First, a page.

Just yesterday, the Town & Country Planning Association (TCPA) of England released a review of the English planning system, called "Planning 2020". The review process was guided by the President of the TCPA, the former UK Minister of Housing Nick Raynsford, and was supported by a Review Task Force composed of professionals, representatives of related associations, and academics. The review gives an excellent overview of the current state of the English planning system, which was discussed against the background of its basic commitment to co-ordinate land use decisions in a way that provides better (sustainable) places for people. Over a total of 128 pages, the review demonstrates how this commitment has become difficult to achieve, for reasons that were situated both within the planning system and beyond, in framed in increasingly difficult conditions, and embedded in messy politics.
Even though the review assesses spatial planning in the rather specific English context, readers can nevertheless learn about the current state of planning in places characterised by deindustrialisation and rising services and tech economies, resulting in uneven development (pressure of growth here, and emptiness there), environmental degradation, a palate of mobility issues, and institutional inertia and blockades. In the light of such developments, planning is not only facing complexities of all sorts, but is also confronting massive lobbying and political pressure from processes of deregulation and neoliberalisation that has made planning officers appear as the "enemies of enterprises" (according to the former UK Prime Minister David Cameron, who is quoted by the report).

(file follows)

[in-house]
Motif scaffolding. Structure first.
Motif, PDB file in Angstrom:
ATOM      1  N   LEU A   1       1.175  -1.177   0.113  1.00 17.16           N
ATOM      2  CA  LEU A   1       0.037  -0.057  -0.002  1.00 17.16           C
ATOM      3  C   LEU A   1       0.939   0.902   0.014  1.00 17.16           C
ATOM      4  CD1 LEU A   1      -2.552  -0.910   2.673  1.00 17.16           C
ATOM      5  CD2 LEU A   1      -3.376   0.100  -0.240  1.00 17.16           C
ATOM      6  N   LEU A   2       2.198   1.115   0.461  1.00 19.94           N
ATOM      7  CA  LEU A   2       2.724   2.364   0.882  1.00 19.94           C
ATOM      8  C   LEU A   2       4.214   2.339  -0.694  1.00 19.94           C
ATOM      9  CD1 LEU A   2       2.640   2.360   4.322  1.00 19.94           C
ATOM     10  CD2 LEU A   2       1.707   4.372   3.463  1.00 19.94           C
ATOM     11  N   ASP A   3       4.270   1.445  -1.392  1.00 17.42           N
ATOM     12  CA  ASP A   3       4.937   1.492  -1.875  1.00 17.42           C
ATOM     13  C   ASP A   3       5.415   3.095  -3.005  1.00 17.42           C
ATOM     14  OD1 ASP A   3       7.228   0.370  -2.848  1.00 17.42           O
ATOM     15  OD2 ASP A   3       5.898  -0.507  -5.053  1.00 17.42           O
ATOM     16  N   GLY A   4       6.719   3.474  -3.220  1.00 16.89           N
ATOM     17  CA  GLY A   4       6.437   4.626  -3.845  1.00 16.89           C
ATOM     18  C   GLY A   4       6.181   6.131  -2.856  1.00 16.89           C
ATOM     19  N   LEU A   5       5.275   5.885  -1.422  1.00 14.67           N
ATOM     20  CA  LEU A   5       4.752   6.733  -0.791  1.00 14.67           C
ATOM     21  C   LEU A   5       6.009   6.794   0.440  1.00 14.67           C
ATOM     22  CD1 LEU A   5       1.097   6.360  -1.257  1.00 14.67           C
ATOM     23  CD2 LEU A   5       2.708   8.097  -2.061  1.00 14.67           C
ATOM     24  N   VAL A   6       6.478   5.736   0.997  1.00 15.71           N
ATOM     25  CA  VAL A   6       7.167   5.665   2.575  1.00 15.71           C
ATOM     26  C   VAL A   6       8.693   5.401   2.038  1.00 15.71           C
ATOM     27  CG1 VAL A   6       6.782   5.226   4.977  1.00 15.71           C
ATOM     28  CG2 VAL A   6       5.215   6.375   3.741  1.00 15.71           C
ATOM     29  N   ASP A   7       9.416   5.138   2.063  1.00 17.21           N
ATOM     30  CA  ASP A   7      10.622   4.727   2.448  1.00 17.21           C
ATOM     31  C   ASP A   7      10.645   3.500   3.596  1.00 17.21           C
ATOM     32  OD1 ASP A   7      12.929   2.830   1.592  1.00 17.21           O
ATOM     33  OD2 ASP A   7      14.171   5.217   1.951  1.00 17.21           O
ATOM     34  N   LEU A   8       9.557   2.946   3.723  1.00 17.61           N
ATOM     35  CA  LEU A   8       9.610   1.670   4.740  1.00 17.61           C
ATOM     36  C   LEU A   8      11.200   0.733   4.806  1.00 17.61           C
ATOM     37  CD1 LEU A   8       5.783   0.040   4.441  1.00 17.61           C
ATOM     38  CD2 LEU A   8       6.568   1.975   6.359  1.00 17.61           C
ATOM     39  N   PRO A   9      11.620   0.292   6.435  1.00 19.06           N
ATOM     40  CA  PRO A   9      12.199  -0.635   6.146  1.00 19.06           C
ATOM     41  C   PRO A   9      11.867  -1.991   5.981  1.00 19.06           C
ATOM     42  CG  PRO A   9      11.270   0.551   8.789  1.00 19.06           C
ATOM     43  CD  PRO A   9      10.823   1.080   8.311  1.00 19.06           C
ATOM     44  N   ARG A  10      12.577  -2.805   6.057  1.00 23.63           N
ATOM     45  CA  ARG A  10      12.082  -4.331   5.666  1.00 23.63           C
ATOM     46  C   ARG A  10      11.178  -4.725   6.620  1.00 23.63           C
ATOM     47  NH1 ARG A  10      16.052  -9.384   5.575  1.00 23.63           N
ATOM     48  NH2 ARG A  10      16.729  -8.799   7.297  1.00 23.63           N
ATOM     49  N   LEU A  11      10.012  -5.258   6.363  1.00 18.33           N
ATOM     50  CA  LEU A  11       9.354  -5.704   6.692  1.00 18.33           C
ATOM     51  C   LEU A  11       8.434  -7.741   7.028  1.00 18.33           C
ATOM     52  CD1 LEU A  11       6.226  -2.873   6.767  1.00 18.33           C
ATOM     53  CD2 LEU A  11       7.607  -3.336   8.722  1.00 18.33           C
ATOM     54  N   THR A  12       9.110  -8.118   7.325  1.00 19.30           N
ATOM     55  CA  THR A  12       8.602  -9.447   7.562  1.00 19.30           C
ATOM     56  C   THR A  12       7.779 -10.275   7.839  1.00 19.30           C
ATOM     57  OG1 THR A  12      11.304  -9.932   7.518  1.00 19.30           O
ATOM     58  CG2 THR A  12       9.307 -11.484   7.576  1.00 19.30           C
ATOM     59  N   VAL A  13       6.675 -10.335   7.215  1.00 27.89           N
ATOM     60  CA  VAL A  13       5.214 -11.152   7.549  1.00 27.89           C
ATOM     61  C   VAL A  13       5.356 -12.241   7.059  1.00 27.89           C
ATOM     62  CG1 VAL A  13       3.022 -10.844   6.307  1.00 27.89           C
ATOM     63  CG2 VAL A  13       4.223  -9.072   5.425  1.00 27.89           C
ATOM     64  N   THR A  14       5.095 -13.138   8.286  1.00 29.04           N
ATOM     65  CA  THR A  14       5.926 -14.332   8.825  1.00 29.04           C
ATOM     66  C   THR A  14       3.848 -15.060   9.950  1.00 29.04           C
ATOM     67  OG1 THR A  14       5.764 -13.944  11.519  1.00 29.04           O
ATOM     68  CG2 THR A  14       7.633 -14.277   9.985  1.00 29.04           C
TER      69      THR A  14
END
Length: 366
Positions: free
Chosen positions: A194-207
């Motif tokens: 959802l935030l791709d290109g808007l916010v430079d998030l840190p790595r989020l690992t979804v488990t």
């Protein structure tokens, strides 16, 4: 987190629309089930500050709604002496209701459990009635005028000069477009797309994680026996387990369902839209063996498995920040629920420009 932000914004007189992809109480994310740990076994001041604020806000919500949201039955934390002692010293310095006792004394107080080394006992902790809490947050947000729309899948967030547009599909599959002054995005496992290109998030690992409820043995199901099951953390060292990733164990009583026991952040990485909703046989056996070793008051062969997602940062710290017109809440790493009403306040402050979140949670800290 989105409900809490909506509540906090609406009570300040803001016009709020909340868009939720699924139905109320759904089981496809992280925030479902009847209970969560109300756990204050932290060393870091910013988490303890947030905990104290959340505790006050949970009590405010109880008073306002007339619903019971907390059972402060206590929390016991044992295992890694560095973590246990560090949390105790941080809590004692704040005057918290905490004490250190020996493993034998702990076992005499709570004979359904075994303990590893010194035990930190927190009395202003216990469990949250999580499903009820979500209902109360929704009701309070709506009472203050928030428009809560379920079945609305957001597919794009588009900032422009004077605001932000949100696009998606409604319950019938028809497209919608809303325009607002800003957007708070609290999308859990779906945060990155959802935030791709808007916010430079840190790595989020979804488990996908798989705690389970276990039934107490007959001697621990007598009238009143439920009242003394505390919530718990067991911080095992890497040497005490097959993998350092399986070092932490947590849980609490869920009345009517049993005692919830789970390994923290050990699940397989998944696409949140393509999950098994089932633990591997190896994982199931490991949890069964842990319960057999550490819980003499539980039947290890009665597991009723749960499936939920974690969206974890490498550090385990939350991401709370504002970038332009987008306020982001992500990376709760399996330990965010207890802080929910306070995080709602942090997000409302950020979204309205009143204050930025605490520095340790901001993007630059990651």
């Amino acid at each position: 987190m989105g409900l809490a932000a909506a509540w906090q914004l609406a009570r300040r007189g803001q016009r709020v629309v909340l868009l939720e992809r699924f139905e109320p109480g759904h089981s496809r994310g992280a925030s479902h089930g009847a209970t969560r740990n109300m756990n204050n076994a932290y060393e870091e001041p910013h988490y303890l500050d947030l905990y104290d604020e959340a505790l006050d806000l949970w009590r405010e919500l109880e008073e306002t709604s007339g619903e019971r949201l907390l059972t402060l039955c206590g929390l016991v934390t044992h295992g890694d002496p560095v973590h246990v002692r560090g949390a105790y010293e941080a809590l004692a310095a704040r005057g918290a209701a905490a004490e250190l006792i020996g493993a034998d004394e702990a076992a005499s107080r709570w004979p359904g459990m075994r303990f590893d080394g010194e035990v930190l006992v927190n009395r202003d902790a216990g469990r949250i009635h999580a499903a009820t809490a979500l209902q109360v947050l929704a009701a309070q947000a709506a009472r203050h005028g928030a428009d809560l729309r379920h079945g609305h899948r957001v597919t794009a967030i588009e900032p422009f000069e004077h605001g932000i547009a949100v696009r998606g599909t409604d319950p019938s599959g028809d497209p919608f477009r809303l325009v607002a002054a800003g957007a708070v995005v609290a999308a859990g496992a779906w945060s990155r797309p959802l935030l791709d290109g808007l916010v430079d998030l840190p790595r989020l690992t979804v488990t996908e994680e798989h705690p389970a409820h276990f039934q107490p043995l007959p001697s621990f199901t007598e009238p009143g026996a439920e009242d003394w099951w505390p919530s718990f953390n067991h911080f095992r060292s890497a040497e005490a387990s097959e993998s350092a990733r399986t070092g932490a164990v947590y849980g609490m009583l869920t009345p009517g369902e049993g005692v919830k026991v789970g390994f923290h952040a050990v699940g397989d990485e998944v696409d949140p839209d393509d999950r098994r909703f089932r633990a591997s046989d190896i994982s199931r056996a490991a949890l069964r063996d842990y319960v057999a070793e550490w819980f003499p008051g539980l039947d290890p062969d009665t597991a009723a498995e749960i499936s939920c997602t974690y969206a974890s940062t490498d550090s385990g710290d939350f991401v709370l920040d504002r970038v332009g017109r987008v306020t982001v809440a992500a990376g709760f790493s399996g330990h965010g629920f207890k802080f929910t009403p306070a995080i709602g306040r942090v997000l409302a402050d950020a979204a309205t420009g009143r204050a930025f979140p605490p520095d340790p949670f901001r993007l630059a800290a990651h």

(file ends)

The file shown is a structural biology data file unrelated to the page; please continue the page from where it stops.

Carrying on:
So, while the report is rather specific as to the overly centralised (and massively contested) political and institutional system of England, the review brings together some striking assessments concerning how healthy (or unhealthy) planning ought to be considered in more general terms. It is thus an exciting read, and actually a "must read" for anybody interested in spatial planning. For this purpose, the eight different sections of the report can also be read separately, and the same applies to the background papers that are provided on TCPA's website as well. There is a lot to learn from this, and to reflect upon: the fundamentals of planning (what is planning, and why should we care about it?); the institutional background and its evolution (why do we have a planning system? what went wrong with planning?); and, the kinds of recommendations that might make the planning system more effective.
I have already recommended this piece to the students of my planning class, as I believe that it is definitely worth taking into account. One might wish such an informed, fair and independent review of planning systems and practices could also be undertaken in other countries, such as some of those on the European Continent. (Any idea which one comes to my mind first?).